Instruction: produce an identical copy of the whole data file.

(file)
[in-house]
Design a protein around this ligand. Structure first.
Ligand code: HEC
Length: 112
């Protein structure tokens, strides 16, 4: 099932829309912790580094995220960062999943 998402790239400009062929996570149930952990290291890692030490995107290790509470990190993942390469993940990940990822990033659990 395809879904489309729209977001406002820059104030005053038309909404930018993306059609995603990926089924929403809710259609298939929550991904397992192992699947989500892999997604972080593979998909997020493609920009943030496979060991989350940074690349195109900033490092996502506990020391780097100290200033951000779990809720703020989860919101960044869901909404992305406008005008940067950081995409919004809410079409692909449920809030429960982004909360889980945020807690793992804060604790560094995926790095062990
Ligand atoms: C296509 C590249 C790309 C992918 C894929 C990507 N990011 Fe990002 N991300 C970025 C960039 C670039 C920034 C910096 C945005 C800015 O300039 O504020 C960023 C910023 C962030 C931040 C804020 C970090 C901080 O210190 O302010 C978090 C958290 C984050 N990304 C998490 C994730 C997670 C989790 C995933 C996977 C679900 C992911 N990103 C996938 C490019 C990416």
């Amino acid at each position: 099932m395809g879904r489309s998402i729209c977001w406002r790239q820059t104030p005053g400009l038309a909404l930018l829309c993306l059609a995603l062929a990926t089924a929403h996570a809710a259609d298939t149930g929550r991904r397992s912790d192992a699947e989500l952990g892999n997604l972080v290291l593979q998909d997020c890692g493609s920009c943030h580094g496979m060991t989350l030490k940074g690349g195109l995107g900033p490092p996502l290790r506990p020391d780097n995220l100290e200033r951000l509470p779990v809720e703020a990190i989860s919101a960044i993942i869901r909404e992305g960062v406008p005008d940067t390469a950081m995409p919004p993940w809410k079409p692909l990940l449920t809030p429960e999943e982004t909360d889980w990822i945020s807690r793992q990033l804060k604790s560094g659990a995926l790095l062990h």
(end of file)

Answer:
[in-house]
Design a protein around this ligand. Structure first.
Ligand code: HEC
Length: 112
């Protein structure tokens, strides 16, 4: 099932829309912790580094995220960062999943 998402790239400009062929996570149930952990290291890692030490995107290790509470990190993942390469993940990940990822990033659990 395809879904489309729209977001406002820059104030005053038309909404930018993306059609995603990926089924929403809710259609298939929550991904397992192992699947989500892999997604972080593979998909997020493609920009943030496979060991989350940074690349195109900033490092996502506990020391780097100290200033951000779990809720703020989860919101960044869901909404992305406008005008940067950081995409919004809410079409692909449920809030429960982004909360889980945020807690793992804060604790560094995926790095062990
Ligand atoms: C296509 C590249 C790309 C992918 C894929 C990507 N990011 Fe990002 N991300 C970025 C960039 C670039 C920034 C910096 C945005 C800015 O300039 O504020 C960023 C910023 C962030 C931040 C804020 C970090 C901080 O210190 O302010 C978090 C958290 C984050 N990304 C998490 C994730 C997670 C989790 C995933 C996977 C679900 C992911 N990103 C996938 C490019 C990416």
């Amino acid at each position: 099932m395809g879904r489309s998402i729209c977001w406002r790239q820059t104030p005053g400009l038309a909404l930018l829309c993306l059609a995603l062929a990926t089924a929403h996570a809710a259609d298939t149930g929550r991904r397992s912790d192992a699947e989500l952990g892999n997604l972080v290291l593979q998909d997020c890692g493609s920009c943030h580094g496979m060991t989350l030490k940074g690349g195109l995107g900033p490092p996502l290790r506990p020391d780097n995220l100290e200033r951000l509470p779990v809720e703020a990190i989860s919101a960044i993942i869901r909404e992305g960062v406008p005008d940067t390469a950081m995409p919004p993940w809410k079409p692909l990940l449920t809030p429960e999943e982004t909360d889980w990822i945020s807690r793992q990033l804060k604790s560094g659990a995926l790095l062990h």